- Loss of body weight
There is a good chance a dog has blocked intestines if they vomit but do not poop.
Veterinarians use a variety of methods to identify the problem. Veterinarians can use a physical examination to detect lumps, intussusception, discomfort, or foreign objects stuck in the belly.
Blood tests can reveal anemia or infection if your veterinarian suspects intestinal blockage. Foreign bodies, cancers, and irregular bowels can all be clearly seen on abdominal radiographs. In addition to visual inspection, ultrasonic imaging can reveal the presence and position of the blockage.
A Barium series may be requested by your veterinarian. It is possible to detect barium sulfate using an x-ray. For example, when the barium fails to migrate or is delayed in its movement, this can suggest a barrier and aid in locating its position.
It is possible to undertake exploratory surgery to find and remove an intestinal obstruction on the same day that diagnostics reveal a dog has an obstruction.
Intestinal blockages can be treated surgically or non-surgically, depending on the severity. The location, length of time the thing has been stuck, and the object's size, shape, and structure all play a role in your vet's decision.
A veterinarian may use an endoscope to remove the foreign object in some circumstances. If this is not possible, your veterinarian will most likely consult an ultrasound or X-ray to determine the location and nature of the obstruction.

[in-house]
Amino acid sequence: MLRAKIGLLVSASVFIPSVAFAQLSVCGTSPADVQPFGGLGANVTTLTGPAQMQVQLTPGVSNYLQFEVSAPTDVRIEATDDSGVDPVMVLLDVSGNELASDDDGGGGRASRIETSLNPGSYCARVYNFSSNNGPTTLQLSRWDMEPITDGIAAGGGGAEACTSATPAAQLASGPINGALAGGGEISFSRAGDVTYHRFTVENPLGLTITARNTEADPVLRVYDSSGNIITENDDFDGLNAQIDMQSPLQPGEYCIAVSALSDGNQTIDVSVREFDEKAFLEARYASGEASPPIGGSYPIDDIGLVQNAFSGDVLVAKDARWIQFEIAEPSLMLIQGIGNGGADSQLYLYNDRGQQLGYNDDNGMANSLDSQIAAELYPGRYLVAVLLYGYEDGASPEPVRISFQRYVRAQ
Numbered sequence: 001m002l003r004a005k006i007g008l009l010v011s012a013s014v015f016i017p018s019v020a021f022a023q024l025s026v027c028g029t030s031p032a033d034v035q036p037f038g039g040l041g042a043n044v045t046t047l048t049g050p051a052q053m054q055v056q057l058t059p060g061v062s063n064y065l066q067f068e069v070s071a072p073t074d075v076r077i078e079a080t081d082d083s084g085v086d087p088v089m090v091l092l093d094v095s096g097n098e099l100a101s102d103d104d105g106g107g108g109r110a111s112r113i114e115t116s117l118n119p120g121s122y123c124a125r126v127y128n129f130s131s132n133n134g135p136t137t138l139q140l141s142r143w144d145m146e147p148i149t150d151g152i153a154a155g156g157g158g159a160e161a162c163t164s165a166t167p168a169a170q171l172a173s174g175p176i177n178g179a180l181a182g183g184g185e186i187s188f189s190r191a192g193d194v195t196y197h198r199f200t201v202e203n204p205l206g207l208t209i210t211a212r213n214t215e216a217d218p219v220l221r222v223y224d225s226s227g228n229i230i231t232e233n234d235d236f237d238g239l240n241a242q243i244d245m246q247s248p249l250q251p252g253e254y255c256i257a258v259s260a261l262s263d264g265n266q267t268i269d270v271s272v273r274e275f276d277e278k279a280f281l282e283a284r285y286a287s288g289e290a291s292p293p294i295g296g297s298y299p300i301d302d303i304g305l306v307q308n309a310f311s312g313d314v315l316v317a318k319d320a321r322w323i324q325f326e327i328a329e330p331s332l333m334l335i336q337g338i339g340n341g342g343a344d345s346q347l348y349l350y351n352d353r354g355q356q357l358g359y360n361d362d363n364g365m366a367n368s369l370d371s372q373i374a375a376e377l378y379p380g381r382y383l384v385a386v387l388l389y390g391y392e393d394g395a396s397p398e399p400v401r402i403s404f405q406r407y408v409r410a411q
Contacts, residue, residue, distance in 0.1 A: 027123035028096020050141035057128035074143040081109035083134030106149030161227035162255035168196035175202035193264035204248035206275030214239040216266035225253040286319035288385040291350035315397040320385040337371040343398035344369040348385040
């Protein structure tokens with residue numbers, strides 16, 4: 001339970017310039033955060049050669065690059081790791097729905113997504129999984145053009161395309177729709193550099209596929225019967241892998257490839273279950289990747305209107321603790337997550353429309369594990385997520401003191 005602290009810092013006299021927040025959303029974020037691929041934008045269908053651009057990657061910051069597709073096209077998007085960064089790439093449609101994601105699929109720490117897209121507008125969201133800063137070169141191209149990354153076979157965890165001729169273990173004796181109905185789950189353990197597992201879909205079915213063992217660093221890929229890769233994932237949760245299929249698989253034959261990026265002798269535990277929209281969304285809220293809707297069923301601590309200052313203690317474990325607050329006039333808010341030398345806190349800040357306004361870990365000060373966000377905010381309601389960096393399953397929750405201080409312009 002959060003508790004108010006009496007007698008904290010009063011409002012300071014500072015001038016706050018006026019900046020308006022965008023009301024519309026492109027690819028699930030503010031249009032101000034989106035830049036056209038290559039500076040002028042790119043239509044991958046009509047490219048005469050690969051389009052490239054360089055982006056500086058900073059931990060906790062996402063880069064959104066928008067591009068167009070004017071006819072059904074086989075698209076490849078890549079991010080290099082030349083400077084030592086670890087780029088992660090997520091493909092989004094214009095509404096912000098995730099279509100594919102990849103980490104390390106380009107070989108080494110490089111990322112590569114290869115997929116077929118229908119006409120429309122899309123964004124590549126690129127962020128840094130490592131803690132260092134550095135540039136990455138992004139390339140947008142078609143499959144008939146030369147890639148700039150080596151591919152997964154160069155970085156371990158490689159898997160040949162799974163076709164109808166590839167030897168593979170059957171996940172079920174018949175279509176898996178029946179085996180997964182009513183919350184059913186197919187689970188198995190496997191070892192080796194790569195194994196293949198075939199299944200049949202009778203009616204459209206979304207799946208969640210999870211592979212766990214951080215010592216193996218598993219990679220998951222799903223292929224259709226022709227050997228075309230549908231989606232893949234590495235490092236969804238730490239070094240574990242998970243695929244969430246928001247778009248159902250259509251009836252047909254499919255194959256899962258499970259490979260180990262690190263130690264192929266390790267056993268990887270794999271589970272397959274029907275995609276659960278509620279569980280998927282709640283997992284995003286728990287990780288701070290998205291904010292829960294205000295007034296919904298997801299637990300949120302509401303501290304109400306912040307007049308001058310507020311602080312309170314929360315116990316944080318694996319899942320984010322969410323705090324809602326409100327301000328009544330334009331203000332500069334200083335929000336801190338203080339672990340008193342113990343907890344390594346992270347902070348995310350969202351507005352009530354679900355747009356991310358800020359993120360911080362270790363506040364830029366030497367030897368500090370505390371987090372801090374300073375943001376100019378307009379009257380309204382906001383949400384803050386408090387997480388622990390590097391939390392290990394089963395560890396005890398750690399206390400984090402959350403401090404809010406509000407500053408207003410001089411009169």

Some objects might simply pass through your dog over time. However, time is the most important thing when treating this potentially dangerous issue. Prompt treatment is required if the object does not pass on its own and your dog displays the symptoms indicated above.
Emergency surgery is ordered if your veterinarian feels that the foreign object poses an immediate threat.
It is expected that the dog would recover rapidly if the intestinal obstruction can be removed with minimal harm to the intestines. If a tumor is present, the prognosis is variable. The exact prognosis will depend on several tumor factors we're sure your vet will tell you all about. In the meantime, you can learn more about cancer in dogs HERE.
You may avoid your dog ingesting a foreign body by ensuring any potentially harmful objects are out of reach. Make sure the toys your dog plays with are big enough that they can't swallow them. If your dog loves chewing and eating toys, keep an eye on them while they're playing. Trash should be kept away from your dog. When you're out and about with your dog, keep a close eye on them. Laundry should be stored in a container that can be tightly shut. When it comes to specific obstruction-causing foods your dog enjoys eating, keep them out of their reach.
If partial blockages are detected early, they can be prevented from developing into a more severe issue. Preventing intestinal damage can also be achieved by using this method. Take your dog to your veterinarian as quickly as possible if you believe your dog might have intestinal blockage.
The best thing to do is make sure your dog has regular vet visits. Your veterinarian may discover something you haven't yet discovered during the exam. It is best to keep dangerous things away from your pup and make sure they don't play with something that can be swallowed and cause obstructions.
World Dog Finder team